Chief Ikedi Ohakim, erstwhile governor of Imo state is one man who can bear witness to the strength of the romance between the Nigerian people and their religion. In 2010 while still sitting as governor, Chief Ohakim was accused of arresting and physically abusing a priest of the Roman Catholic Church. All sorts of campaigns were hosted to revamp the governor’s image but he had committed THE evil and the people of Imo would never forgive. Less than a year later, Chief Ikedi Ohakim lost the gubernatorial elections – a record for a sitting governor.

While this may have played out as a favorable scenario for most proponents of a state-cum-religion government, further analysis proves otherwise. Imagine for a while that the Roman Catholic Church was the designated religion for Imo state at the time of Chief Ohakim’s alleged abuse of the catholic priest. If that had been the case, I propose that one of the following two things might have happened: One, the governor since he was running a joint-government with the church, might have pulled a few strings here and there and would have succeeded in quelling the brouhaha that arose from the incident. He would have gone on to win the May elections in 2011, he and the church. Two, the church might have played the incident up and instigated a revolution which would have ousted the governor; provisions for a replacement might have come attached to this revolution, or might never have been mentioned. This would have sounded a lesson to all politicians: Don’t mess with the ruling church.

More recently in Osun state, Governor Rauf Aregbesola came under heat for proposing to build an interdenominational Christian worship centre. The ‘Opon Imo’ governor had earlier instituted some changes in the state’s educational policies which sprouted allegations that he – a devout Muslim – was trying to Islamize the state. The proposed Open Heaven Worship Centre, many analysts believe, is an attempt by the Ogbeni Rauf to pacify the Christian faithful of a state which is too multifaceted to be tagged either Christian or Islam.

Imagine for a second that we are a year into the future, Governor Aregbesola has won his re-election and the Open Heaven Worship Centre (OHWC for the purposes of brevity) is ‘in business’. Members of the state civil service who double as pastors in their individual lives will send in applications to be transferred from the Ministries of Health or Sports or Education to the Ministry of Religion so they could serve at the OHWC secretariat. The senior pastor spot would be for a level 12 civil servant, pastor – level 11, deacon – level 9 and so on, perhaps leaving the Choirmaster and Ushers spots for youths employed under the governor’s O’YES scheme. The church would raise money through offerings, tithes, launching and bazaars, all of which would be remitted into the state government’s coffers. Soon enough, OHWC would be THE church where struggling youths wore their best outfits on Sundays to vie for the attention of Christian top government officials and personalities and for which adverts and calls for sponsoring would run unchecked in the state’s communication media organizations. The mosques and more traditional churches like the Roman Catholic Church would all but find themselves squashed against the unyielding fringes of the state of Osun. And peace and harmony will reign?!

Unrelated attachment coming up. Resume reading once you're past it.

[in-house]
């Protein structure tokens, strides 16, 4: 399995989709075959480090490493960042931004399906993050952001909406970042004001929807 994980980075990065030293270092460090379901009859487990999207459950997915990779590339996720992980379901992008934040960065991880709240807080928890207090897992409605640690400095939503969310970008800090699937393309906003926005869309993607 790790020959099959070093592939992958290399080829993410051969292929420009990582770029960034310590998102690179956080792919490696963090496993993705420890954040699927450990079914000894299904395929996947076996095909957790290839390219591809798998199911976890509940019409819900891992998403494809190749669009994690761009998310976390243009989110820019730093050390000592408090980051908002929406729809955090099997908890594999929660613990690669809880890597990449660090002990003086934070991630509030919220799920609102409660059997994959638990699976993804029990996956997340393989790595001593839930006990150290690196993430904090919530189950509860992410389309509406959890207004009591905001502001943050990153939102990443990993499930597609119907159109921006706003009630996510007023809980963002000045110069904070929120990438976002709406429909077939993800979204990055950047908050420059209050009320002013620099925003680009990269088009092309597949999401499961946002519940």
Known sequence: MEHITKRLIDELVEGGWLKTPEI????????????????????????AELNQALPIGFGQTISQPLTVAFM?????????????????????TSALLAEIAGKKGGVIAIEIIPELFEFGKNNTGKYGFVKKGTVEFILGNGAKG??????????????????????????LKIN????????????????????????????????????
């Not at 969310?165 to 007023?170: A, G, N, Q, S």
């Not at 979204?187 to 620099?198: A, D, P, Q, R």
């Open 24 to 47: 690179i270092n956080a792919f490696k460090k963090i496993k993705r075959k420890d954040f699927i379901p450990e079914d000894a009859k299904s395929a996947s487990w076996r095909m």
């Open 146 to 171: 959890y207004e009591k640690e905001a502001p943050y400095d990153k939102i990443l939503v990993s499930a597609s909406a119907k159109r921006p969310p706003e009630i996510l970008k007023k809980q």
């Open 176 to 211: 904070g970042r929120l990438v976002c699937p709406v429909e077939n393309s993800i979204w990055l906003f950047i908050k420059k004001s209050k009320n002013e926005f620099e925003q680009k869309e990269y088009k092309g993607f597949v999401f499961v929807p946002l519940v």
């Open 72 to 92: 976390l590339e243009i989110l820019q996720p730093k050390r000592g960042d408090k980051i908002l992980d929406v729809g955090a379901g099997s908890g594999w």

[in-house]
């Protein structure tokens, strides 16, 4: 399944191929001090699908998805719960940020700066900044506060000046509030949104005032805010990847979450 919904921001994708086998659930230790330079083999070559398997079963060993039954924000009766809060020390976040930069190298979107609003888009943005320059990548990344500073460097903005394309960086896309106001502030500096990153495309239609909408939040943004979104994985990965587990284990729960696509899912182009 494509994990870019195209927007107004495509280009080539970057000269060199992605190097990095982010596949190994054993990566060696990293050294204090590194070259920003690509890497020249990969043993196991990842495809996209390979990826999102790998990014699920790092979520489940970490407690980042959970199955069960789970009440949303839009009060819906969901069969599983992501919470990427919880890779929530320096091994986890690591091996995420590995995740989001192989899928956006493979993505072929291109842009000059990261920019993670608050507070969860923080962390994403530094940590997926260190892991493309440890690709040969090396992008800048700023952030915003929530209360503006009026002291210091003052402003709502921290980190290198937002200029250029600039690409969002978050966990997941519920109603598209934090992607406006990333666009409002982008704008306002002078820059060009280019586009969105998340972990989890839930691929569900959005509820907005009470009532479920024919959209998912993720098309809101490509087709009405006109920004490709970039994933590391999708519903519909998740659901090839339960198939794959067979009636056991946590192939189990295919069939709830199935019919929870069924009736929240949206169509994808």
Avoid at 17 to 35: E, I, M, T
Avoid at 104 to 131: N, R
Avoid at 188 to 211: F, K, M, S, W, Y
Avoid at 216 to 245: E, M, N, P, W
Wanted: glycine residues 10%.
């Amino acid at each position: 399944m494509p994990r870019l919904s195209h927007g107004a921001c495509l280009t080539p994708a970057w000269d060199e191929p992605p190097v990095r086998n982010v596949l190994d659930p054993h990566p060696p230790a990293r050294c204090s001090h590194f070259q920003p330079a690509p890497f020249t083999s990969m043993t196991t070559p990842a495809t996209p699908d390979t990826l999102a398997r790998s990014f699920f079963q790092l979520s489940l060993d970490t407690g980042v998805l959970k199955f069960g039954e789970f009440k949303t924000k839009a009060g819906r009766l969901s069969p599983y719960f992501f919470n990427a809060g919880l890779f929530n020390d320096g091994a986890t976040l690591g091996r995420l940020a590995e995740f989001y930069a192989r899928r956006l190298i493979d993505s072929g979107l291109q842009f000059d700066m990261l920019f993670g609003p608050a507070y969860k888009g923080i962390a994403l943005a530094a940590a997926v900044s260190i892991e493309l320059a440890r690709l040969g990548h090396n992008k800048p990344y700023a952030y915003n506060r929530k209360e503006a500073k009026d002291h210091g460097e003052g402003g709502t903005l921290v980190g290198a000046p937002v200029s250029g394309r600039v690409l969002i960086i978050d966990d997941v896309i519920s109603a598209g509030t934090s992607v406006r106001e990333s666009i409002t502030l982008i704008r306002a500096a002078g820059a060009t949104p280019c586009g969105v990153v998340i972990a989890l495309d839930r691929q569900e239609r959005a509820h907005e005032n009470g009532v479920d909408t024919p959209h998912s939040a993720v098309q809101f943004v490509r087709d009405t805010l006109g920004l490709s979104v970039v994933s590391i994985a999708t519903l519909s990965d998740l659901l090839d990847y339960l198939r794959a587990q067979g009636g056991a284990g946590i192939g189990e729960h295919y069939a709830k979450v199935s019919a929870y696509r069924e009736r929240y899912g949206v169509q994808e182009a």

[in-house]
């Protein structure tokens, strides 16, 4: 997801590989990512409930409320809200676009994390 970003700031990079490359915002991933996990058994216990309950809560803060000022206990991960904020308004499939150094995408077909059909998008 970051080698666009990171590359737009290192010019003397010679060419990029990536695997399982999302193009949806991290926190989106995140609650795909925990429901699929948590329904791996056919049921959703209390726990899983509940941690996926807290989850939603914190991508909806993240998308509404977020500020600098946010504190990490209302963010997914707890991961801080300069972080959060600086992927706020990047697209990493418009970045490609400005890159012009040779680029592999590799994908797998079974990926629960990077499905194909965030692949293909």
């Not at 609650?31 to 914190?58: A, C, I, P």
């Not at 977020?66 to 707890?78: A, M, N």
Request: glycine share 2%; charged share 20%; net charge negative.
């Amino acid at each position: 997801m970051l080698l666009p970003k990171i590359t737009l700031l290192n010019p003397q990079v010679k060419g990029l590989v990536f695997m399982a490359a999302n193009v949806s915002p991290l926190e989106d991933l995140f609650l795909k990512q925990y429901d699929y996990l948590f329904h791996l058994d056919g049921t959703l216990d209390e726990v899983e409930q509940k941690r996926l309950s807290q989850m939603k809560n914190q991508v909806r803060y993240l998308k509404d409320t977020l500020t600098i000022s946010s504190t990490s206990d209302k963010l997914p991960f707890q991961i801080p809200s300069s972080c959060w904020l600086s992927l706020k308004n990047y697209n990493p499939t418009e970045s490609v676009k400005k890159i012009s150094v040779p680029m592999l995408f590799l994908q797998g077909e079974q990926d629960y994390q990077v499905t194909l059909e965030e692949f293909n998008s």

I am Roman Catholic and Christian enough to know that both situations envisaged above are in direct obviation of the basic Roman Catholic and Christian statutes. I am also Nigerian enough to know that they spell doom for the overall sanctity of the state and national government. Deducing from these illustrations, the involvement of the government in religion is a double-edged sword which strikes deathly blows to both the legal state and the ‘chosen’ religion. It is a mutually fatal arrangement for both parties.


to be continued


Beauty, beauty, beauty…Walter Ude captures ‘The Quintessence of Beauty’ in this piece. It got me thinking. And I’ll soon be putting those thoughts into words. Meanwhile, enjoy this ‘mindsnap’


We have been coached to abstract the idea of beauty as being perfect; Perfect physique, perfect eyes, perfect nose, perfect lips, and perfect hair – in other words, too perfect to be human.

It seems to me that once you have moved up your way to the top of the entertainment industry and have being elevated from being a mere human to a super-perfect star, then – and only then – can you be called “beautiful”.

The question of who decides who is beautiful is one that has always puzzled me. So I did a bit of investigating on my own. I asked around for my usual company to define beauty. I got answers like “J-Lo”, “Brad Pitt”, “Halle Berry”, and “Beyoncé”. In some instances, some even tossed out “Genevieve Nnaji” and “RMD”. I rest my case.